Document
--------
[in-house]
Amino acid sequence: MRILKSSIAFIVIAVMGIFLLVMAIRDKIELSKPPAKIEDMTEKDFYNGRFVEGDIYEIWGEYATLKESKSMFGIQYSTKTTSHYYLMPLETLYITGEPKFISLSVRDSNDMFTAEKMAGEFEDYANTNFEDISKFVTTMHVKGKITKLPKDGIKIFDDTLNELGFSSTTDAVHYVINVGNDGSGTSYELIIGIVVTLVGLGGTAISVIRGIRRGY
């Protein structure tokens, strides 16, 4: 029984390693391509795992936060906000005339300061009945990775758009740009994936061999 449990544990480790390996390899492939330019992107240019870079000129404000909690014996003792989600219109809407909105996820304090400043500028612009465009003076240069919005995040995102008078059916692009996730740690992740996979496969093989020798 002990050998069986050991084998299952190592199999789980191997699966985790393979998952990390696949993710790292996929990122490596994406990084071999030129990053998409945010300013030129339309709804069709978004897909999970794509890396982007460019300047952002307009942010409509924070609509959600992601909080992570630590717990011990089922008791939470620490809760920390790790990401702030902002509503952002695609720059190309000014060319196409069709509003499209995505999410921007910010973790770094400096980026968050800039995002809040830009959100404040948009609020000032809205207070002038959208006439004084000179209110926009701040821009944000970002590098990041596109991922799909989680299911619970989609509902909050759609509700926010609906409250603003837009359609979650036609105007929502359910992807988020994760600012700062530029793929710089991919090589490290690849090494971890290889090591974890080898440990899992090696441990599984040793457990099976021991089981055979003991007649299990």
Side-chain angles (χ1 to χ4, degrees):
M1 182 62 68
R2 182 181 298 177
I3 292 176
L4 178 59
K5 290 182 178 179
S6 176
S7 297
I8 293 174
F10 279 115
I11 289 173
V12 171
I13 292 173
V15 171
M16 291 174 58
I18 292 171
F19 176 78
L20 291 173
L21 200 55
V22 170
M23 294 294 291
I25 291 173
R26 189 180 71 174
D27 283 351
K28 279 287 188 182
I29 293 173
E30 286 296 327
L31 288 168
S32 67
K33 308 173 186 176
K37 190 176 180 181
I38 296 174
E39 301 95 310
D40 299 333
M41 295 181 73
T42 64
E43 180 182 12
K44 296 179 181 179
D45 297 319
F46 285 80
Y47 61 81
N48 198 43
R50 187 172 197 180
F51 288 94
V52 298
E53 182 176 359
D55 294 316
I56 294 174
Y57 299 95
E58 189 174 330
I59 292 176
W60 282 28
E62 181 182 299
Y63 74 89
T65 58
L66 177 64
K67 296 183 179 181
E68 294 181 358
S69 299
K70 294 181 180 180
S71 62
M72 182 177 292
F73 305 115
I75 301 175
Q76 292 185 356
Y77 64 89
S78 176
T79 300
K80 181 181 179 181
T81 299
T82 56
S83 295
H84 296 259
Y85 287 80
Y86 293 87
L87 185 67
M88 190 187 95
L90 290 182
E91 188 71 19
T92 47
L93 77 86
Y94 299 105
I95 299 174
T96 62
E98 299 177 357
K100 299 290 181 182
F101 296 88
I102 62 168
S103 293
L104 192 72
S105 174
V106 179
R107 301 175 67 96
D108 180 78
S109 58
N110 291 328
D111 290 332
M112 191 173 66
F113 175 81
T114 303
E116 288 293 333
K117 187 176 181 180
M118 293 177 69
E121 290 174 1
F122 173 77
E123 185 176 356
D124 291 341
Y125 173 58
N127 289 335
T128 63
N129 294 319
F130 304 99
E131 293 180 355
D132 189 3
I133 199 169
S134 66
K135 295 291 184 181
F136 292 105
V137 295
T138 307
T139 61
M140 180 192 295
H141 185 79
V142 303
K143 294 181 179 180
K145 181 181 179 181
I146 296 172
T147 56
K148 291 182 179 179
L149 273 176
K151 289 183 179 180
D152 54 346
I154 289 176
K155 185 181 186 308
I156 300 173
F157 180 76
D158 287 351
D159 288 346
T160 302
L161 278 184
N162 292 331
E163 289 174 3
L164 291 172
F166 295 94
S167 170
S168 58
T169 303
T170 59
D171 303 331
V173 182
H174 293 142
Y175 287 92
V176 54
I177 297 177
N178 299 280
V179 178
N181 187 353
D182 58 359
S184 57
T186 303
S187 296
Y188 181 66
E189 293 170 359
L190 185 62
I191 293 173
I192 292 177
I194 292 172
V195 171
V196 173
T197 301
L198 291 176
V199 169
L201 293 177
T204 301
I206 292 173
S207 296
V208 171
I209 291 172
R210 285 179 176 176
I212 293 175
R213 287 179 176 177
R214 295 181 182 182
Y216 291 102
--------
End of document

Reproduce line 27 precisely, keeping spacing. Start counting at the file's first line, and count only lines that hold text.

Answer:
D27 283 351